LONDON (Reuters) - Dallas Federal Reserve President Robert Kaplan said on Friday that he could back a rise in U.S. interest rates as soon as June or July, if U.S. economic data firms up as he expects.
Kaplan, who does not currently vote this year on the Federal Open Market Committee, said interest rates should rise gradually but that financial markets had underestimated the Fed’s readiness to follow December’s rate rise with another move.
“We’ll see how the second quarter unfolds but I think the market may well be underestimating how soon we might move next,” Kaplan said at an event in London hosted by think-tank OMFIF.
“If the second-quarter data is firming you will see me advocating in the not too distant future that we try to take the next step. We will see what meeting, whether that means June or July or what else. I’d like to see it happen,” he told reporters after.
The Fed kept rates on hold at 0.25-0.5 percent this week and signaled it was in no rush to raise them again soon, citing slowing economic activity despite an improved labor market.
The message pushed the dollar sharply lower and helped drive oil prices to their highest so far this year.
For economists it also added to a feeling that has been growing since the start of the year that U.S. rates may not be set to diverge from those in Europe and Japan as much as many had predicted.
Kaplan’s remarks were the first from a U.S. policymaker after this week’s Fed rate decision, and appeared calculated to drive home a more hawkish message on rates.
If GDP growth rebounds this quarter, as expected, “I personally will be moving toward advocating some removal of accommodation sooner rather than later,” Kaplan said in a Bloomberg TV interview after his speech.
“I will also advocate that we take these steps in a gradual and patient manner,” he said, expressing a cautious view on normalizing rates held widely at the Fed.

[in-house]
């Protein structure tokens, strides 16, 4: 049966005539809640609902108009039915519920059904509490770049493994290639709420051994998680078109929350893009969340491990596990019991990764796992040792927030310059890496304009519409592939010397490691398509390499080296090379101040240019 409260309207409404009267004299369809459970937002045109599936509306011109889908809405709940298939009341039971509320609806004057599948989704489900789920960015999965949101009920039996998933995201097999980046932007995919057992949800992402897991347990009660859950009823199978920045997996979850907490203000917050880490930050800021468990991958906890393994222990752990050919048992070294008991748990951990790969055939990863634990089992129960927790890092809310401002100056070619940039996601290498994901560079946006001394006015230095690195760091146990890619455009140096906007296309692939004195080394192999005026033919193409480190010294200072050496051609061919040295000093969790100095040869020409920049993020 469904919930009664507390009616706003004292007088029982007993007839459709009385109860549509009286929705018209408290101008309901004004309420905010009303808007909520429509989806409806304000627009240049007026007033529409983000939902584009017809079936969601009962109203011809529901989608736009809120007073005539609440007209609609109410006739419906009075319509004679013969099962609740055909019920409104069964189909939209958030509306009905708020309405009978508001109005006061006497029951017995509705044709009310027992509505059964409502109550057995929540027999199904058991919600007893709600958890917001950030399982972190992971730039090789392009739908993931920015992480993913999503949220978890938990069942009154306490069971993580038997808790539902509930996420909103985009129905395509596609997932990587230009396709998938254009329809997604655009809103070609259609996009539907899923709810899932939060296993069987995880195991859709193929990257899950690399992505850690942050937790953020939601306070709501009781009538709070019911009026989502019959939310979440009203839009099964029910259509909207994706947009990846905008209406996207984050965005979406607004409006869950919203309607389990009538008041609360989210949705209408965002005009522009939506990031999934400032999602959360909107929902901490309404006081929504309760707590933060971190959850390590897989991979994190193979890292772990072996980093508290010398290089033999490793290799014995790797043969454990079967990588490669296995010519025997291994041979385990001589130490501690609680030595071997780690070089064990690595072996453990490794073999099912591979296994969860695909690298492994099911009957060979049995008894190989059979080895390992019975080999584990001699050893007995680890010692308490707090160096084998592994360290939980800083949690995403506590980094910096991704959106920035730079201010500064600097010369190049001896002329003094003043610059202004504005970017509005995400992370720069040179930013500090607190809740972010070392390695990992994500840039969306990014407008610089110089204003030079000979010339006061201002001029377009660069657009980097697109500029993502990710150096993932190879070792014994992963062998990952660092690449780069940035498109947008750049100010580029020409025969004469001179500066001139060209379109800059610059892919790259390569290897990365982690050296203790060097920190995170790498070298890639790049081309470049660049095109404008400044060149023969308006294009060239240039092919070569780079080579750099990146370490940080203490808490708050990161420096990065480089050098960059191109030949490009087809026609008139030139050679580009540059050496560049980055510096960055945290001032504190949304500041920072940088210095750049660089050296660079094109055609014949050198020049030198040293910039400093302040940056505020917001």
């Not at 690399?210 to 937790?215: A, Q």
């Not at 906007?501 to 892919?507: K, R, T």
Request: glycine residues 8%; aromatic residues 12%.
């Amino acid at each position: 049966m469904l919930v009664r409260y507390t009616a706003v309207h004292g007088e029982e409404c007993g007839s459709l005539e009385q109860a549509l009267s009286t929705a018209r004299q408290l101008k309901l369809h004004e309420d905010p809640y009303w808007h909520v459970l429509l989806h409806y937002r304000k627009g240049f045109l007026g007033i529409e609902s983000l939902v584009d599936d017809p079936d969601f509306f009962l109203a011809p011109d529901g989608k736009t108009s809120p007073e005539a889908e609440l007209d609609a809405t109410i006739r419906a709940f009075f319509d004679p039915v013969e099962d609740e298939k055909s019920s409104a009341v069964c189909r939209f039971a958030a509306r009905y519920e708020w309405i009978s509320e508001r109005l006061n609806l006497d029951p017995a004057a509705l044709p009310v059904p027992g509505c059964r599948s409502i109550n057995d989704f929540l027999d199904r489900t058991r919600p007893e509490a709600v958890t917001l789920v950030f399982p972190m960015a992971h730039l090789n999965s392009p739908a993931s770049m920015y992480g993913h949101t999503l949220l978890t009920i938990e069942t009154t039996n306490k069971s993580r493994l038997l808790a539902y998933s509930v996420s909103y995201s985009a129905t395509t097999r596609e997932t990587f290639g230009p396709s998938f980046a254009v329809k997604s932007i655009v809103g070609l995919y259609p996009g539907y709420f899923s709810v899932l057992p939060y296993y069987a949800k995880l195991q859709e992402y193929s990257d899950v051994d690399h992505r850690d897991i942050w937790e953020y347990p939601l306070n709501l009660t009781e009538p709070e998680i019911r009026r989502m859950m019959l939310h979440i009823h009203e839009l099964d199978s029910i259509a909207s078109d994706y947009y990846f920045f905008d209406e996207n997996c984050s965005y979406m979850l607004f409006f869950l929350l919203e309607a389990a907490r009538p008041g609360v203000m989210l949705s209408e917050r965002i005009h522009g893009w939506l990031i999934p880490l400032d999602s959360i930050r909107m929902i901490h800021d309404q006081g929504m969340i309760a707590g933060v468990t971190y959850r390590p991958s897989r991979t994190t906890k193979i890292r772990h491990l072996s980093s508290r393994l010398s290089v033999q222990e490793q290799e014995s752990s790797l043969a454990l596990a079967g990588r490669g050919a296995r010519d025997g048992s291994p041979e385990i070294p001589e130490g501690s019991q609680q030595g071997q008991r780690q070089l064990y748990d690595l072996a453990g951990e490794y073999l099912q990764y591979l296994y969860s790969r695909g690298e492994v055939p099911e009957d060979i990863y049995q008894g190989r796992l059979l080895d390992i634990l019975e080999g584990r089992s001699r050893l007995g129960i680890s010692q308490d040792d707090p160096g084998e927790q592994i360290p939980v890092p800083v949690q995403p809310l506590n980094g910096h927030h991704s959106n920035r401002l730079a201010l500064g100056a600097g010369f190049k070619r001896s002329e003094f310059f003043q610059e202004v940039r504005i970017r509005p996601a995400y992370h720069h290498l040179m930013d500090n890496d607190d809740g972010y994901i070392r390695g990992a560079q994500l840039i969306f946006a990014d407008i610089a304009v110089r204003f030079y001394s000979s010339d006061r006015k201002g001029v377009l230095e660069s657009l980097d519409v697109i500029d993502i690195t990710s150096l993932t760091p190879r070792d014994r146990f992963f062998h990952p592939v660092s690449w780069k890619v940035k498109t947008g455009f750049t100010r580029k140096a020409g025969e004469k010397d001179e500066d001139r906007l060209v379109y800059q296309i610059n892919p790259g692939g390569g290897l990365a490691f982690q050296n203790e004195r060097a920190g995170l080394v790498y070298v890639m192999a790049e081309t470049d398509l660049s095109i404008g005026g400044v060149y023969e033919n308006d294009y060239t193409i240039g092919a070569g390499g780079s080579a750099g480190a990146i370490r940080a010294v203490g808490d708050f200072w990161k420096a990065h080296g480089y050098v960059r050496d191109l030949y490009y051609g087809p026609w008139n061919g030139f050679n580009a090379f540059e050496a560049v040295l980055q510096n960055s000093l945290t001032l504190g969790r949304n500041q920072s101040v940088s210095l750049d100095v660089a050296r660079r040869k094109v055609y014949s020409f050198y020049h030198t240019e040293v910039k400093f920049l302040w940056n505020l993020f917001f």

Kaplan also said he expected rates to peak at a lower level than seen historically.
In forecasts released last month, all but one of the Fed’s 17 policymakers said they believe it will be appropriate to raise rates at least twice this year. Traders are betting on just one hike.
The Fed raised rates last December for the first time in nearly a decade but has kept them unchanged since then over worries about global growth and low inflation.
Kaplan forecast U.S. gross domestic product growth this year at 2.0 percent, slightly faster than he projected last month.
U.S. employers can continue to add jobs at a “healthy” pace without overheating the economy, largely because of a global labor surplus putting downward pressure on inflation, he said.
But Kaplan also expressed confidence that inflation, which has undershot the Fed’s 2.0 percent target for years, will return to that level over the medium term as the downward pressure from a strong U.S. dollar and cheap oil abates.
He told reporters he would be looking to see whether other economic indicators caught up with measures of a labor market that was rapidly closing in on full employment.
“It’s going to have to get reconciled one way or the other. It’s either going to happen with the PCE (inflation) and other numbers firming, or other numbers weakening,” he said.
“We still believe the consumer in the U.S. is strong and has the capacity to be spending.”
The state of the debate ahead of Britain’s June 23 referendum on whether to stay in the European Union could also affect Kaplan’s view about a Fed hike on June 15.
Sterling could suffer a “sudden depreciation” if Britain left the EU, he said, with ripple effects for the world economy.
Reporting by Marc Jones, David Milliken and Ann Saphir; Editing by Clive McKeef and James Dalgleish